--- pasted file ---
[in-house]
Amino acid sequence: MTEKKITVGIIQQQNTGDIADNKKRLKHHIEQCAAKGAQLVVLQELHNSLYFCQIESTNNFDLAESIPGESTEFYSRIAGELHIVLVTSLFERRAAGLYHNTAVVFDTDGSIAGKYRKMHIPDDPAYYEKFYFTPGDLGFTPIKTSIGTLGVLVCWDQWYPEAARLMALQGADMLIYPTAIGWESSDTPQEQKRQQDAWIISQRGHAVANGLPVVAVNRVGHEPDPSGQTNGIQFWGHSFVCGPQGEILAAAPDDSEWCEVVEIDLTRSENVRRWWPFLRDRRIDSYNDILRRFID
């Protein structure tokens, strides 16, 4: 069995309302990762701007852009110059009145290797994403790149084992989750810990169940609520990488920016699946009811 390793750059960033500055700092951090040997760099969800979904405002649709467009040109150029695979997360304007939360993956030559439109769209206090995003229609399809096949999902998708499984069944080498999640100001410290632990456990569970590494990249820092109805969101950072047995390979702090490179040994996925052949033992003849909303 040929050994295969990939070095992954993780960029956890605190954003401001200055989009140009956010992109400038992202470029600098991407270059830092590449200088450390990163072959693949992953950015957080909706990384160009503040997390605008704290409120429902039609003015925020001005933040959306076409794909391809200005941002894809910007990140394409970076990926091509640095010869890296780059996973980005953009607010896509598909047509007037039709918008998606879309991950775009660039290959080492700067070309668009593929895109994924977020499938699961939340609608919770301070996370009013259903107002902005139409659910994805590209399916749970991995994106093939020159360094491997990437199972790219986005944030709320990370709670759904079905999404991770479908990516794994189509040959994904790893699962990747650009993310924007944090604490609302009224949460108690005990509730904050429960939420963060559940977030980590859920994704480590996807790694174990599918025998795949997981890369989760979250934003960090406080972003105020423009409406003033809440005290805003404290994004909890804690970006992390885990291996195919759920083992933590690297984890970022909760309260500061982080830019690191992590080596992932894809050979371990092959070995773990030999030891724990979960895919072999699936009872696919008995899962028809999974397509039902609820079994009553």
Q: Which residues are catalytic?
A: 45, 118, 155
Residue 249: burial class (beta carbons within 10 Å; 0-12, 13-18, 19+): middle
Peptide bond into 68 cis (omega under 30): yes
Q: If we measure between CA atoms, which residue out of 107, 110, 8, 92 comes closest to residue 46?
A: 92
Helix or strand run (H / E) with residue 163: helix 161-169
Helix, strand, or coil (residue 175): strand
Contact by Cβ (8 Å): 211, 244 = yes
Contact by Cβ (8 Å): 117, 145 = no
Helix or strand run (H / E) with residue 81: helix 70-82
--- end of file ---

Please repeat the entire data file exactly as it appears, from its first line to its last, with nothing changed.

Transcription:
[in-house]
Amino acid sequence: MTEKKITVGIIQQQNTGDIADNKKRLKHHIEQCAAKGAQLVVLQELHNSLYFCQIESTNNFDLAESIPGESTEFYSRIAGELHIVLVTSLFERRAAGLYHNTAVVFDTDGSIAGKYRKMHIPDDPAYYEKFYFTPGDLGFTPIKTSIGTLGVLVCWDQWYPEAARLMALQGADMLIYPTAIGWESSDTPQEQKRQQDAWIISQRGHAVANGLPVVAVNRVGHEPDPSGQTNGIQFWGHSFVCGPQGEILAAAPDDSEWCEVVEIDLTRSENVRRWWPFLRDRRIDSYNDILRRFID
């Protein structure tokens, strides 16, 4: 069995309302990762701007852009110059009145290797994403790149084992989750810990169940609520990488920016699946009811 390793750059960033500055700092951090040997760099969800979904405002649709467009040109150029695979997360304007939360993956030559439109769209206090995003229609399809096949999902998708499984069944080498999640100001410290632990456990569970590494990249820092109805969101950072047995390979702090490179040994996925052949033992003849909303 040929050994295969990939070095992954993780960029956890605190954003401001200055989009140009956010992109400038992202470029600098991407270059830092590449200088450390990163072959693949992953950015957080909706990384160009503040997390605008704290409120429902039609003015925020001005933040959306076409794909391809200005941002894809910007990140394409970076990926091509640095010869890296780059996973980005953009607010896509598909047509007037039709918008998606879309991950775009660039290959080492700067070309668009593929895109994924977020499938699961939340609608919770301070996370009013259903107002902005139409659910994805590209399916749970991995994106093939020159360094491997990437199972790219986005944030709320990370709670759904079905999404991770479908990516794994189509040959994904790893699962990747650009993310924007944090604490609302009224949460108690005990509730904050429960939420963060559940977030980590859920994704480590996807790694174990599918025998795949997981890369989760979250934003960090406080972003105020423009409406003033809440005290805003404290994004909890804690970006992390885990291996195919759920083992933590690297984890970022909760309260500061982080830019690191992590080596992932894809050979371990092959070995773990030999030891724990979960895919072999699936009872696919008995899962028809999974397509039902609820079994009553």
Q: Which residues are catalytic?
A: 45, 118, 155
Residue 249: burial class (beta carbons within 10 Å; 0-12, 13-18, 19+): middle
Peptide bond into 68 cis (omega under 30): yes
Q: If we measure between CA atoms, which residue out of 107, 110, 8, 92 comes closest to residue 46?
A: 92
Helix or strand run (H / E) with residue 163: helix 161-169
Helix, strand, or coil (residue 175): strand
Contact by Cβ (8 Å): 211, 244 = yes
Contact by Cβ (8 Å): 117, 145 = no
Helix or strand run (H / E) with residue 81: helix 70-82